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Southwest builds its own kind of international network

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Southwest Airlines has always been its own airline—while many carriers around the world have copied aspects of Southwest’s business model, the carrier remains unique. So it goes with the airline’s budding international operations.

Southwest launched international service in 2014 with a small number of routes inherited from AirTran Airways. It has since developed a larger Caribbean/Mexico-focused international network that includes 15 destinations in 10 countries. Its three largest international destinations are Cancun (Mexico), San José del Cabo (Mexico) and Montego Bay (Jamaica).

But the growing network is taking a different form than those of the legacy US international airlines. Traditionally, US airlines funnel international passengers into a handful of US airports from which beyond-US flights are operated. Delta Air Lines, for example, largely concentrates international flights at six US airports: Atlanta, Boston, Detroit, Los Angeles, New York JFK and Seattle. If you live outside those areas, flying international on Delta usually means making a domestic connection first.

Southwest, on the other hand, is starting to develop a robust network of US gateways. By July, it will operate 65 international routes from 23 US gateways.

“As a point-to-point carrier, you don’t serve all of these international points from one or two gateways,” Southwest EVP and chief revenue officer Andrew Watterson explained this week during an appearance at the International Aviation Club in Washington DC. “We’ve zoomed up to 23 gateways and I expect that to keep growing.”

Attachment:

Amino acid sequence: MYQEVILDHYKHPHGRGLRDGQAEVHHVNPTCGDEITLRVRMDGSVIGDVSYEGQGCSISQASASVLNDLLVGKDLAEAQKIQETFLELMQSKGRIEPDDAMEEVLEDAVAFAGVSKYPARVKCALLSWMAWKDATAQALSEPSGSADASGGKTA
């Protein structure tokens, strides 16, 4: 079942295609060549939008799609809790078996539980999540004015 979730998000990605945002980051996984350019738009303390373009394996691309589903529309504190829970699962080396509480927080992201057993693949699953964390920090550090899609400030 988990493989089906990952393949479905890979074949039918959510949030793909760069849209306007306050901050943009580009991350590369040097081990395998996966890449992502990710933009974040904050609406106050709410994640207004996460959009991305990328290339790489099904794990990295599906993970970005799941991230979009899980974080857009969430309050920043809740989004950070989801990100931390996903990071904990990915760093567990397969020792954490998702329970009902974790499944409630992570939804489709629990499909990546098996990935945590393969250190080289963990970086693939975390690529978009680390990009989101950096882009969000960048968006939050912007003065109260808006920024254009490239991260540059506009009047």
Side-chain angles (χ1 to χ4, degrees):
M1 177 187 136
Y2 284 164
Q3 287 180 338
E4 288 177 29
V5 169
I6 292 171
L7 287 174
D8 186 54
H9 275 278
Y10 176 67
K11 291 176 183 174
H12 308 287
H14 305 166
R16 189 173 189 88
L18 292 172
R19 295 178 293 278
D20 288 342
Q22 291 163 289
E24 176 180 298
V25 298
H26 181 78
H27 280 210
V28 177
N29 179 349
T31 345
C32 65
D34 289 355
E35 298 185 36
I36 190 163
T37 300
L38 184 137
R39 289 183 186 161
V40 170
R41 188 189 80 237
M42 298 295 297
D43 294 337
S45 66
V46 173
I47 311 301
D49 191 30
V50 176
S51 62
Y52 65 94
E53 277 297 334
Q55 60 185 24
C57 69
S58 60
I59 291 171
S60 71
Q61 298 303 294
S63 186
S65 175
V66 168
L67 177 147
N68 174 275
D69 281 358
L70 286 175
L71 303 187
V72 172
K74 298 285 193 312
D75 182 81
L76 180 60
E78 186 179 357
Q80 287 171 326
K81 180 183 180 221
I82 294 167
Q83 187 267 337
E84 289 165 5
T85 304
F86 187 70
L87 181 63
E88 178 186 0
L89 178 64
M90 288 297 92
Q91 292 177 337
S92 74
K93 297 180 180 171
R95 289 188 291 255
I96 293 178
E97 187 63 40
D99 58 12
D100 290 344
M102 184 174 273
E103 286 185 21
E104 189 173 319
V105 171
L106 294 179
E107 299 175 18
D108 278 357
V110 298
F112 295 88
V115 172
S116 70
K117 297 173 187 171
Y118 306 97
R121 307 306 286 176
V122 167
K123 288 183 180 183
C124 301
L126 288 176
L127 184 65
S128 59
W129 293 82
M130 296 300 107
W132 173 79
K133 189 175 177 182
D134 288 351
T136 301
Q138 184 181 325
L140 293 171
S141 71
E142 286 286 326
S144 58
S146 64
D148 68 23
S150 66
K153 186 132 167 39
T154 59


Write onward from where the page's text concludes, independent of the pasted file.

The Southwest concept appears to be: Bring the international service to the passenger. This adds another selling point beyond the no fees, low fares, on-time service Southwest is already selling: Start your vacation off with a nonstop flight.

For example, Southwest operates nonstop Saturday flights from St. Louis and Indianapolis to Cancun. This means flight time of about 3 hr. Most journeys from St. Louis or Indianapolis to Cancun aboard legacy airlines take about 6 hr. or more and include a connection (with one leg potentially including a regional jet flight). Cutting out three hours of travel and eliminating a connection is a real selling point.

Some caveats: It is the early days of Southwest’s international operations and the available options are still somewhat limited. A lot of the nonstop options are just once weekly (although, for vacationers, this lack of frequency may not be a big deal). And Southwest will do plenty of funneling itself, especially to airports like Houston Hobby, where it has built its own international terminal.

But as time goes on, expect more and more nonstop international options on Southwest, and a different kind of international network compared to rivals like Delta, American Airlines, United Airlines and focus-city oriented JetBlue Airways.

Aaron Karp/Aviation Daily aaron.karp@informa.com

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